Looking back at the first Saint Patrick’s Day Parade in Westhampton Beach, it’s easy to understand why being a part of the parade looks like so much fun—the Parade’s founders wanted it that way.
The Westhampton Beach St. Patrick’s Day Parade has seen its fair share of great moments. Besides having some of the best pipe bands in the region, there was this time when some guy marched ducks down Main Street (no, it wasn’t Grand Marshal ’99 Billy Thorne), and another time when someone loaded a Volkswagen Bug onto the back of flat bed truck and covered it with snow to protest the harsh winter. Yet another time one local pub’s interior was recreated on the back of a flat-bed truck.
And in 2007 then Grand Marshal and former Westhampton Beach Village Mayor Robert Strebel threw everyone for a loop (literally) when he circled the Village’s new roundabout for a full turn before getting back on the parade route.
And of course, no one can forget the Coneheads. Every year this group finds a spunky way to work politics and current events into the parade theme while barbecuing a pig on the Parade route. Often they win for best Parade float. By the way, don’t even try to find out who they are going to lampoon each year, it’s a tightly guarded secret!
It all started back in 1968. Sure the Mets went on to win the World Series that year and the Jets won the Super Bowl, but the big story in the little Village of Westhampton Beach was the beginning of something special. And it was all courtesy of a group that called themselves the Cooks and Bakers who some say were neither cooks nor bakers.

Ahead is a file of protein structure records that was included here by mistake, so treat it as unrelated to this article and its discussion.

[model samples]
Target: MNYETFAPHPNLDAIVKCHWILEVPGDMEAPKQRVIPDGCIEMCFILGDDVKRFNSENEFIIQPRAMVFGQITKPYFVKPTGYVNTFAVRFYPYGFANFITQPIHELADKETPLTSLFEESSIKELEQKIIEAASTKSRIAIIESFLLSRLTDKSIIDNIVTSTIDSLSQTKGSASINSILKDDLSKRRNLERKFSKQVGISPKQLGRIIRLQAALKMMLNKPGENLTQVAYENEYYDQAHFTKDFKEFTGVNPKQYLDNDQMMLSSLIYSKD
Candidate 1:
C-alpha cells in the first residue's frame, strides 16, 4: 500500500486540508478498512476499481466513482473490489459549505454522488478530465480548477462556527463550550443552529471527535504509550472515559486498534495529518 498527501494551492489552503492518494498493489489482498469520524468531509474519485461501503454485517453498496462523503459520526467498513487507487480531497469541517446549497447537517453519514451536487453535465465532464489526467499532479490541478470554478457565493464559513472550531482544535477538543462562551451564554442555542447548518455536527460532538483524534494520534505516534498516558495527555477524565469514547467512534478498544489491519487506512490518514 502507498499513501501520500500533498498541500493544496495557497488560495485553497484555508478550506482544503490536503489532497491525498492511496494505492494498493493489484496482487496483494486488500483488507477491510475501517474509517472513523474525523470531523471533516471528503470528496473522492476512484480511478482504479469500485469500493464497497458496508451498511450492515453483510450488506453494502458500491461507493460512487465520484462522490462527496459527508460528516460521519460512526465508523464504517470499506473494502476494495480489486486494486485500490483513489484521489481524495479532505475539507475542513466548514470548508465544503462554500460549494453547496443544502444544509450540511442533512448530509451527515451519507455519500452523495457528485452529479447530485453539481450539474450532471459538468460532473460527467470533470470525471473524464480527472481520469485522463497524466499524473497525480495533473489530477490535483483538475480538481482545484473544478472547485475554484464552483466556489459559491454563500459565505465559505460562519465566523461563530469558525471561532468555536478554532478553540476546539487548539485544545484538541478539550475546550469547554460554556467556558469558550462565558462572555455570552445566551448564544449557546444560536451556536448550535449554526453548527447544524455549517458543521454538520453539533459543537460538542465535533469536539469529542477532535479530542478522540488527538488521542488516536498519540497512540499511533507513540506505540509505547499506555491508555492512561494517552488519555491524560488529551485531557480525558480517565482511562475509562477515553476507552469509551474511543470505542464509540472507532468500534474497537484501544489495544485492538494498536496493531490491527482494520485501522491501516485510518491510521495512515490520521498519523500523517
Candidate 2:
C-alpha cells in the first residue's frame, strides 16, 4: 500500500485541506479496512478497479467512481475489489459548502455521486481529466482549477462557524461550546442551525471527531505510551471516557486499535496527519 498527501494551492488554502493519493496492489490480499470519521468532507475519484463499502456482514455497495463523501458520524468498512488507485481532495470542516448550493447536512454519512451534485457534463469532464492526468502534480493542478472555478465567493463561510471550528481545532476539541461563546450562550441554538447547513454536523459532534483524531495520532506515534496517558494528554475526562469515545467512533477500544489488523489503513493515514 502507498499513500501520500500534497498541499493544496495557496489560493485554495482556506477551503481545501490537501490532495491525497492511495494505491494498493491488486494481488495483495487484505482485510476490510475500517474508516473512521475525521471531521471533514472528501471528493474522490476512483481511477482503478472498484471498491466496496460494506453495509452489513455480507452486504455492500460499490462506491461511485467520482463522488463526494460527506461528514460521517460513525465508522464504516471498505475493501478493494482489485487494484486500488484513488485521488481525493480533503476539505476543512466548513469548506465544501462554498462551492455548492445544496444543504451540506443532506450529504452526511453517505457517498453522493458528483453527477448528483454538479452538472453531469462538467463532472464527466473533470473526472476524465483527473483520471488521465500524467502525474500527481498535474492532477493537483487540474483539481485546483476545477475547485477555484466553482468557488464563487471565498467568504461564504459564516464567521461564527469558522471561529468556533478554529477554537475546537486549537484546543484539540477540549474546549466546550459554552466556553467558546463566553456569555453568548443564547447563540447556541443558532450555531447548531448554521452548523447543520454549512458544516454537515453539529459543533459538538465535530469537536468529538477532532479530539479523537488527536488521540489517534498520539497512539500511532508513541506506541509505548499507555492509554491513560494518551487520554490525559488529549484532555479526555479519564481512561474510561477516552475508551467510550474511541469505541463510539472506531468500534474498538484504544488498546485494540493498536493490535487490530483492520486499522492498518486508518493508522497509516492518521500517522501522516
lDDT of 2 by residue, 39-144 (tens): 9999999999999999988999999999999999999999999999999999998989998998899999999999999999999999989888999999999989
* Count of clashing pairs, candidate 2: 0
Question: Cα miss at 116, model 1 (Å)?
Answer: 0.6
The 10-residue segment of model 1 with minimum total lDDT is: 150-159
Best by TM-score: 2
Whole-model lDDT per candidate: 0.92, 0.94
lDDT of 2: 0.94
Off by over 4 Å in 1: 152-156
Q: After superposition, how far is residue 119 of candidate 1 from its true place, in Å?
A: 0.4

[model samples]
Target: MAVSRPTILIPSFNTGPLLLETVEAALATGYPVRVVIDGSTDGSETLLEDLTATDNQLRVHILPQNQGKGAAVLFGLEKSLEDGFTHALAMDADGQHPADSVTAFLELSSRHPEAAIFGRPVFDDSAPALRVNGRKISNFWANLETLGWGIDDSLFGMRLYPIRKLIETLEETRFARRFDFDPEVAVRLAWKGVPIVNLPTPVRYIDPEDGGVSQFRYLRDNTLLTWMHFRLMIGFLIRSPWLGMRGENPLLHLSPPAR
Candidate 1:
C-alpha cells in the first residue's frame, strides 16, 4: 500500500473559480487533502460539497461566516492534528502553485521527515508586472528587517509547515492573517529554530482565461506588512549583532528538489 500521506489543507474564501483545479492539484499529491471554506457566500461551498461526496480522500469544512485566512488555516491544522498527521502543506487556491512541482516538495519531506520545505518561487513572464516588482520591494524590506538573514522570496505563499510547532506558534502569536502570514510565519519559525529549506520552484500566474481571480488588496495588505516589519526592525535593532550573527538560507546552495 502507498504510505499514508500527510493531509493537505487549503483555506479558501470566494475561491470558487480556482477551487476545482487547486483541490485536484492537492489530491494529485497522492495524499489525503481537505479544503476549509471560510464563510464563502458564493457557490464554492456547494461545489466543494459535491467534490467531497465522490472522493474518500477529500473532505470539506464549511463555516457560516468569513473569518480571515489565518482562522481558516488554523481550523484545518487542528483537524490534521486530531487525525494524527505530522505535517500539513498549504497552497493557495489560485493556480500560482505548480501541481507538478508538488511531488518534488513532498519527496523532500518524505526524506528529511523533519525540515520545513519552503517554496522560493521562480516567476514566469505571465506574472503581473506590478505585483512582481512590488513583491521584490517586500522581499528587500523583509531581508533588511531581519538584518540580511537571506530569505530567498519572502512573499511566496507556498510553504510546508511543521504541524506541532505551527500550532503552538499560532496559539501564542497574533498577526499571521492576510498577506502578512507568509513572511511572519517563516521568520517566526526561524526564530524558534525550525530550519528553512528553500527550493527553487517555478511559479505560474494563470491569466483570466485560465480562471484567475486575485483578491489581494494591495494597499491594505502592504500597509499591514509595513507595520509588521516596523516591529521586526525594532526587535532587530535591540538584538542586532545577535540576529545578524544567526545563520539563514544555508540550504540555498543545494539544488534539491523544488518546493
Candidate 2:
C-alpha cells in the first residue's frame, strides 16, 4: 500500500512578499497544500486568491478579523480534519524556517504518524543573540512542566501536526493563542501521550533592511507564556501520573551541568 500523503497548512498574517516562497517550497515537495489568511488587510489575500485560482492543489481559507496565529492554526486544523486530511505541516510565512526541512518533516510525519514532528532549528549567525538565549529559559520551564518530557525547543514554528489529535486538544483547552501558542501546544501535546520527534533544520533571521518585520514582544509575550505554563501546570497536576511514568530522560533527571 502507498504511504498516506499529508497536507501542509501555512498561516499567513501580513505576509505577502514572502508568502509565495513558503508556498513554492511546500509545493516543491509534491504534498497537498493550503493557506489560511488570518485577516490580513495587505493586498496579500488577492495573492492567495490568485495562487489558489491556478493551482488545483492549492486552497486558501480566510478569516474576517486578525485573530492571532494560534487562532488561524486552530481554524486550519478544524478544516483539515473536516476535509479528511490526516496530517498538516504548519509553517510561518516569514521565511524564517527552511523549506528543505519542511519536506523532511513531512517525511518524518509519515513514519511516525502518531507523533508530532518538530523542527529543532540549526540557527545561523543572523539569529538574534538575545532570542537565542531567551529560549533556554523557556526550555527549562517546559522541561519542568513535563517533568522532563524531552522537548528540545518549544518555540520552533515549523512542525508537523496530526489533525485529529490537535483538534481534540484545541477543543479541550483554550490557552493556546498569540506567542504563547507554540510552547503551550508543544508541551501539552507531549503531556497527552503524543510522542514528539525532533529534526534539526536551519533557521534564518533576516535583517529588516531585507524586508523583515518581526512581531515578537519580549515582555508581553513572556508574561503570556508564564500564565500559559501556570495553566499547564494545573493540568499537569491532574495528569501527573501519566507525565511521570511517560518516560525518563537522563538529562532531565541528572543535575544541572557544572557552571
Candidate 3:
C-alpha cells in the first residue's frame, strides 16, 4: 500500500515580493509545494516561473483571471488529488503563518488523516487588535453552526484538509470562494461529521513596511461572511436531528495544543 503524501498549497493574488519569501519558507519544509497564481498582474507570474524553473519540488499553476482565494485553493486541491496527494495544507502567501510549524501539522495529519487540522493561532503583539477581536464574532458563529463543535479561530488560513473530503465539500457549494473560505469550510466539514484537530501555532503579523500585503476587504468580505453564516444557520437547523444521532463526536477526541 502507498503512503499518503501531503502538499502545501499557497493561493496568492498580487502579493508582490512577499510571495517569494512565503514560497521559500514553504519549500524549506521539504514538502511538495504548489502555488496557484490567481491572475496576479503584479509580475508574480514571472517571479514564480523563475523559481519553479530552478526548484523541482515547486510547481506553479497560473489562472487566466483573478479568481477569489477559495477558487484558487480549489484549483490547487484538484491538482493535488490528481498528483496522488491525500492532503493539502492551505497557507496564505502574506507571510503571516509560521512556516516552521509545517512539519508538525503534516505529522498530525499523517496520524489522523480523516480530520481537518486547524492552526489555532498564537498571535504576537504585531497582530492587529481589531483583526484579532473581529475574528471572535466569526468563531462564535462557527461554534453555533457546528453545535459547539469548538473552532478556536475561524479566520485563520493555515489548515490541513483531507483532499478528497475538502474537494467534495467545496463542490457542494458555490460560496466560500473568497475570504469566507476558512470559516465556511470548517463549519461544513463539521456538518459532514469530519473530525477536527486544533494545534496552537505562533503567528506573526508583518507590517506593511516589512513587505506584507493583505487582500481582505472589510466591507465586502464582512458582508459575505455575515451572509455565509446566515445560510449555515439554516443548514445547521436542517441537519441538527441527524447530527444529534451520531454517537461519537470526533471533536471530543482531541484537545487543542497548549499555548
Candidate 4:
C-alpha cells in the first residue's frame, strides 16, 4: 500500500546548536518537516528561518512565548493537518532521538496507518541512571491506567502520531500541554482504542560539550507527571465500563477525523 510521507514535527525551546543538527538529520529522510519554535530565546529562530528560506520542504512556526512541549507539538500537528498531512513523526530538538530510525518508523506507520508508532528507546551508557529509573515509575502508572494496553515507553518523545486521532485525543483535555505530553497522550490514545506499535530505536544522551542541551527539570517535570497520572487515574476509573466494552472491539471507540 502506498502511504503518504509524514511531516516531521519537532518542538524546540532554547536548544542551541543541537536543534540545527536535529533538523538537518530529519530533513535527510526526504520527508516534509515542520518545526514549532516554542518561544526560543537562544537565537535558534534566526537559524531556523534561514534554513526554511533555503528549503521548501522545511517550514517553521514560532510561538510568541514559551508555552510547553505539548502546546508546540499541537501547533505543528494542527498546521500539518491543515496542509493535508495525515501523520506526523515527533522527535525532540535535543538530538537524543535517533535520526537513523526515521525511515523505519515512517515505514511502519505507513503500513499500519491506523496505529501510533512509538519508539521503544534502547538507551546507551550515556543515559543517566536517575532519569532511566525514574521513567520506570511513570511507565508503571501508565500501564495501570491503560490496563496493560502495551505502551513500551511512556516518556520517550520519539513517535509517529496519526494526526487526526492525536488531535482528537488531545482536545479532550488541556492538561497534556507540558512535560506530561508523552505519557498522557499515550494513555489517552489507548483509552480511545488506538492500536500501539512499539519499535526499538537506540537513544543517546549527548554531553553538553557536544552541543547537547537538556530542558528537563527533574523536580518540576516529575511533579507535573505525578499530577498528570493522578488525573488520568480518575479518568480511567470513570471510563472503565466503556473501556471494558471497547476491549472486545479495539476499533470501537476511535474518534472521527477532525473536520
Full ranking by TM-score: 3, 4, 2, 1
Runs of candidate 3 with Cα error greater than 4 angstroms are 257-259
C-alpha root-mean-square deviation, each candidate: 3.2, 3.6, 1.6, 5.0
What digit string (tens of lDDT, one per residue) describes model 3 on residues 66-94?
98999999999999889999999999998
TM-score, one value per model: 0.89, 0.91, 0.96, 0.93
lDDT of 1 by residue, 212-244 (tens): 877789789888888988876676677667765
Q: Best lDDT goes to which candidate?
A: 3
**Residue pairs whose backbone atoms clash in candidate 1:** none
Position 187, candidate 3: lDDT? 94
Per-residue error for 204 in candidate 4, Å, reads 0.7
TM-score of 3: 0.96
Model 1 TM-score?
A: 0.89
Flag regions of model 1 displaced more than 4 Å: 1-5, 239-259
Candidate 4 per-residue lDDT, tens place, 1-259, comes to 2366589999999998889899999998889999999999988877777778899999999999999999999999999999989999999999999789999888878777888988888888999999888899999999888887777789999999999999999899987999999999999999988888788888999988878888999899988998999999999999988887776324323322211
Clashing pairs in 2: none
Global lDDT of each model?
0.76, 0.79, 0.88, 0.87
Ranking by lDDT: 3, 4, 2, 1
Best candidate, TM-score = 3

The unofficial story is that the group, after a long evening of imbibing their favorite drink at an even more favorite watering hole near the center of town on one quiet winter evening, decided that they should march in a parade down Main Street. So soon after they did. It wasn’t the most organized event and it wasn’t all that big of a deal at the time, but the group had fun, which is what they set out to do.
During the ensuing summer months and into the fall, a few decided that this impromptu Parade should be more. So they organized. One person went to work on organizing floats and bands while another worked on raising money.
Things started to snowball (although that may not be the best analogy considering the Parade has been canceled once due to a snowy nor’easter while several others have marched in less than spring-like conditions). Soon the parade was gaining strength into the event it is today.
Leading each and every Parade is the Grand Marshal. Carefully selected each year on a basis of community service among other attributes, 51 Grand Marshals have led the march. Grand Marshals are selected each year by the Committee and past Grand Marshals. After nominations are taken from members of the Committee, the Committee votes and the nomination that garners the most votes from the Committee gets awarded six votes towards the final vote. The final vote takes place with a special meeting of all the past Grand Marshals. The nomination with the most votes after the Grand Marshals’ vote is the next Grand Marshal. The Committee begins Grand Marshal deliberations in November and settles shortly thereafter.